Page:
Stephen R. Covey’s famed self-development insights can also be applied to compliance and ethics. The acclaimed author of the worldwide best seller The 7 Habits of Highly Effective People has provided motivation to managers, students, and progressive people for many years. Covey’s work was far more than just a self-help guide or a management how-to. With his emphasis on character ethic as well as values and principles, Covey created an interesting body of work that can be broadly used in crafting the business mission statements he endorses so heartily, from a compliance and ethics and perspective.
This post takes an in-depth look at each one of Covey’s 7 Habits to explore the applicability of each one for the work and goals of compliance professionals. All seven of the habits encourage conduct that is positive and productive for compliance risk awareness. Inner success, sustainable and functional interdependence, and strategic, purpose-driven vision are just some examples of the compliance culture qualities that the 7 Habits consistently endorse. Trustworthiness, credibility, and honesty are the cornerstones of individual relationships and organizational identities in Covey’s system.
Stephen R. Covey was one of the most prominent authors of leadership, self-improvement, and motivational books and speeches of the 20th century. Though the businessman, author, educator, and speaker passed away in 2012, his well-known writings are still influential and insightful for the current generation of managers, students, and thinkers. The teachings from Covey’s books can be applied in many fields of life – business, family, religion, and community, lending heavily to his continued popularity with a wide variety of people. Not simply positioned as self-help, Covey emphasized ethics and distinct definitions of both values and principles, as separate concepts that independently influence people’s behaviors and decision-making.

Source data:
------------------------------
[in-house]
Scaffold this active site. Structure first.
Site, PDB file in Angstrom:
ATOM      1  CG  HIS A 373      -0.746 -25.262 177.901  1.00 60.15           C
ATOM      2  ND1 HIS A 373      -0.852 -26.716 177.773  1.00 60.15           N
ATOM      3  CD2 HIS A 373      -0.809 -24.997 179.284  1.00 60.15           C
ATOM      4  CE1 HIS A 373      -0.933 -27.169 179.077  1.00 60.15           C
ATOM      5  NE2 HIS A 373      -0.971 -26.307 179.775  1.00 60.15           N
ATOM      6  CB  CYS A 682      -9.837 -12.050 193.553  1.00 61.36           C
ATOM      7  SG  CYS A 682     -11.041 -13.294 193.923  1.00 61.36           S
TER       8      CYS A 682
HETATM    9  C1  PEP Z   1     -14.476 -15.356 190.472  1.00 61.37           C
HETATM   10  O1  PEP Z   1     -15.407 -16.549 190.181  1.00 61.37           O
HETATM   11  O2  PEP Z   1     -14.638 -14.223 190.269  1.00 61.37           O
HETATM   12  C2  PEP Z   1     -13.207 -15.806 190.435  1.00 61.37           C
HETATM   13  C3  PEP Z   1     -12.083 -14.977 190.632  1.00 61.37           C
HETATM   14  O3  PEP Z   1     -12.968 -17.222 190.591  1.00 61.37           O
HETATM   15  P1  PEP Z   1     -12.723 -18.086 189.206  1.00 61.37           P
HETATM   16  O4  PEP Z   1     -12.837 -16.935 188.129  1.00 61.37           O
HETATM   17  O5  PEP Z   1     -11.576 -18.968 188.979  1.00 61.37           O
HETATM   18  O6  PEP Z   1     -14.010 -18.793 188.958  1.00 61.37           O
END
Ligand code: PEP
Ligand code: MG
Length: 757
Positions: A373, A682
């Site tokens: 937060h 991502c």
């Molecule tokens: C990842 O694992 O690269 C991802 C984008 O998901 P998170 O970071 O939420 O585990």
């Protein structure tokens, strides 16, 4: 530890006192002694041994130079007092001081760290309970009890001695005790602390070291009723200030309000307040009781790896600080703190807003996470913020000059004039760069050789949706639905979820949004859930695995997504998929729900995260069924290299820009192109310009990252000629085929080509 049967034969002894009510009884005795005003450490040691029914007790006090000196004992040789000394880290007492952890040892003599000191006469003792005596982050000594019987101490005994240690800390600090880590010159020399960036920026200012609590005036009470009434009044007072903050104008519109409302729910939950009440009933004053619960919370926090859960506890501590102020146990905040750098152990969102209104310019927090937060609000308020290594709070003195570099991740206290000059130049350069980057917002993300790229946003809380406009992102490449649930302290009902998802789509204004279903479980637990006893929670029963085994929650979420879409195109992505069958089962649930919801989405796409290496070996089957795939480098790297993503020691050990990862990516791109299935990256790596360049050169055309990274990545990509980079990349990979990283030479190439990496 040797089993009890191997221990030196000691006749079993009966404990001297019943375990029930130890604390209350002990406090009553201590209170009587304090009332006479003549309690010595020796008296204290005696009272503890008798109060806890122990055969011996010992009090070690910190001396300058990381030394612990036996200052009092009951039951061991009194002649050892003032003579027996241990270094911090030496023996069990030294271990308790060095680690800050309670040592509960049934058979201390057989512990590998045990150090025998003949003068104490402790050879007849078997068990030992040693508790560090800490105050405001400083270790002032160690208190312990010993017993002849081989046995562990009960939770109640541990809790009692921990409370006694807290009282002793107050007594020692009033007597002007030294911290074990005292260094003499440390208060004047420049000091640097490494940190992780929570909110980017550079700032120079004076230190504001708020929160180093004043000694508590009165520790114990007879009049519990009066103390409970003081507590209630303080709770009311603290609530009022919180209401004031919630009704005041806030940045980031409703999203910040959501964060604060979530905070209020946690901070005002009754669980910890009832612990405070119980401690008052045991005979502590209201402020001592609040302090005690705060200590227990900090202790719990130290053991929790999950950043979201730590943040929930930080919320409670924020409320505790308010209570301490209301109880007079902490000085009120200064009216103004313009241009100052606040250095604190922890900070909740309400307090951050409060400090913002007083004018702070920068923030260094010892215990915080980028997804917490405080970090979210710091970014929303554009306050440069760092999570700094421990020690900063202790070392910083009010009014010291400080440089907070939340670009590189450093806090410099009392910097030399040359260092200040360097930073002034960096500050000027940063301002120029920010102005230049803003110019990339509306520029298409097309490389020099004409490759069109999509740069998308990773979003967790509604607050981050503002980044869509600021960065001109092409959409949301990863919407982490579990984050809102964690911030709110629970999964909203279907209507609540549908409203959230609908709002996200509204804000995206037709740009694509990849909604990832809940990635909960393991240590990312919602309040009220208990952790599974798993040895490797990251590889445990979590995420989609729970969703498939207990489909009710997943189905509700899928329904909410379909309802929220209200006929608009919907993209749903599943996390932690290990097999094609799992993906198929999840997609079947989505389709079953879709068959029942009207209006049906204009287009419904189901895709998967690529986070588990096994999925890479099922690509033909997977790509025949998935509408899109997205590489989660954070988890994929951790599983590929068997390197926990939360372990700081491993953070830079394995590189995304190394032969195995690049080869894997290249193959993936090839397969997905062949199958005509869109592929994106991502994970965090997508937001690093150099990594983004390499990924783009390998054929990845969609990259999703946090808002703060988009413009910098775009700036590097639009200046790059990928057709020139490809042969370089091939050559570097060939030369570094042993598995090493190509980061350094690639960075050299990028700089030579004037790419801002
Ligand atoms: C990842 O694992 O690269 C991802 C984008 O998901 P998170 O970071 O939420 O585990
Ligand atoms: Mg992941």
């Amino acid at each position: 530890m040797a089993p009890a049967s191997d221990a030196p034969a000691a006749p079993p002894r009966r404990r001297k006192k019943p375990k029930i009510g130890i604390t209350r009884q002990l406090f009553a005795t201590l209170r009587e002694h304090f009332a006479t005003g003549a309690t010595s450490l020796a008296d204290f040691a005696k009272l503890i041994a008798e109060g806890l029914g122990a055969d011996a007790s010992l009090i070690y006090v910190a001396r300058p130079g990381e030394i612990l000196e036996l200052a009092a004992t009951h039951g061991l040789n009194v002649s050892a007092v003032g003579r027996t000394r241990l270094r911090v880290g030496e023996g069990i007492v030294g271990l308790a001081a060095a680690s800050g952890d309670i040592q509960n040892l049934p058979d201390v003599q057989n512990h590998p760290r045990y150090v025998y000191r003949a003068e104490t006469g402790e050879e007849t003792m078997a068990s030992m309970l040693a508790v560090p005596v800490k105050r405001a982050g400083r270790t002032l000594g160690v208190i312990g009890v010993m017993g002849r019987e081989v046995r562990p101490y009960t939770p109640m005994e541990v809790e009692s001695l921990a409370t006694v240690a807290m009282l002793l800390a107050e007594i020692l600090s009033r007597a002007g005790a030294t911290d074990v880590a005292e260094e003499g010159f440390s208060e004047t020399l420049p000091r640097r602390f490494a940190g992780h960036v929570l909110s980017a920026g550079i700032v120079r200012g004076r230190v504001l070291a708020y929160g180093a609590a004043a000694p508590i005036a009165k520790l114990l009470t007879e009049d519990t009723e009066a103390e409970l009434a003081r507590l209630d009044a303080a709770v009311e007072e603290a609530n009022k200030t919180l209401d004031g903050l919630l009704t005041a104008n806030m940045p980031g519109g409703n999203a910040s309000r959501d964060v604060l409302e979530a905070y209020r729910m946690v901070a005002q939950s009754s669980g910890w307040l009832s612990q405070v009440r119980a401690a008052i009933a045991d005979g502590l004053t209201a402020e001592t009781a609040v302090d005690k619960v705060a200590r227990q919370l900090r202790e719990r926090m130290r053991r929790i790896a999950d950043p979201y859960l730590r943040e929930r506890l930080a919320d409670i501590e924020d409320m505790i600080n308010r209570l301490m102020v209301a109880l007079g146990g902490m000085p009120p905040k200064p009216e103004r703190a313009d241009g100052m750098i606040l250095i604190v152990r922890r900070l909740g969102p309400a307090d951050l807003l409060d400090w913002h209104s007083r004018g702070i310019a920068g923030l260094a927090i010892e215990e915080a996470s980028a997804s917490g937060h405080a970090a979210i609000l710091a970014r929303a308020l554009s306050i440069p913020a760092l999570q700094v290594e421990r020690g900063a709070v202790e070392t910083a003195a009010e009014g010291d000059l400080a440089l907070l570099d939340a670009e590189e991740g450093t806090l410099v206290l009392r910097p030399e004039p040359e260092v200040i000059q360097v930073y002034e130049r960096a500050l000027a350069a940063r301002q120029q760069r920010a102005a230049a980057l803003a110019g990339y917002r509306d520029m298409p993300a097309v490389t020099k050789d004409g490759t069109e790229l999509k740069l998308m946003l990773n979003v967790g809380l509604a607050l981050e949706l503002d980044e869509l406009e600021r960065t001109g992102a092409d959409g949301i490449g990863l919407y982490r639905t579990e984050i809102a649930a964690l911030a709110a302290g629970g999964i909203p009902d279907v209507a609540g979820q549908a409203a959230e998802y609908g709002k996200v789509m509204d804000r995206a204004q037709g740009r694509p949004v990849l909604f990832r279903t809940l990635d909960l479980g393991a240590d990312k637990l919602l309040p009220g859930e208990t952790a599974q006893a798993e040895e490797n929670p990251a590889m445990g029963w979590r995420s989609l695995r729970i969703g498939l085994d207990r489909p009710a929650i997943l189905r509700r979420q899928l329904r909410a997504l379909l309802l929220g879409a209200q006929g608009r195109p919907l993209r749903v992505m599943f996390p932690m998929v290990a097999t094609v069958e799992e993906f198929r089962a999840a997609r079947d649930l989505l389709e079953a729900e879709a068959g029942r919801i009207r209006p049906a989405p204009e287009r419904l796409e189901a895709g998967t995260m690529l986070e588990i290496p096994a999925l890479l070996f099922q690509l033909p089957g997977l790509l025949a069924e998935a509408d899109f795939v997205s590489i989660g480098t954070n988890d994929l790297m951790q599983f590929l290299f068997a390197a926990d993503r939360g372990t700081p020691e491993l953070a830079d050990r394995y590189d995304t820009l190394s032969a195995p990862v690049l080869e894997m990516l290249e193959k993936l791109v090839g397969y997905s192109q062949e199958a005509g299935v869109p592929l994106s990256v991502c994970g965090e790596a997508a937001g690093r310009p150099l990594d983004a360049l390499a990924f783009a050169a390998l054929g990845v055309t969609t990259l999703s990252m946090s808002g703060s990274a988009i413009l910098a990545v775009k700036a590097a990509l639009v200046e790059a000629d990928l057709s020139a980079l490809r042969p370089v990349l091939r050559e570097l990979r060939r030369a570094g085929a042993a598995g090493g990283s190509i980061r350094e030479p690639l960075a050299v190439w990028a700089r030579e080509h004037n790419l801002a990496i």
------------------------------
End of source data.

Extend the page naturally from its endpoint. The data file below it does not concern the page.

Due to these emphases, Covey’s writing is specifically interesting and useful for compliance professionals looking for a novel way to approach imbedding into a corporate culture both individual values – which one could see as ethics or morality – and organizational principles – which one could see as compliance program requirements and goals. Covey’s teachings often touch upon the value of inner success, rejecting external competitive measures as the true sign of achievement in favor of emphasizing personal mission statements and progressive goal-setting to allow an individual or an organization to go from immature dependence, through self-sufficient independence, into the higher state of functioning interdependence with others. This strategic vision has a high affinity with the sort of planning compliance officers must do to encourage a successful culture of compliance.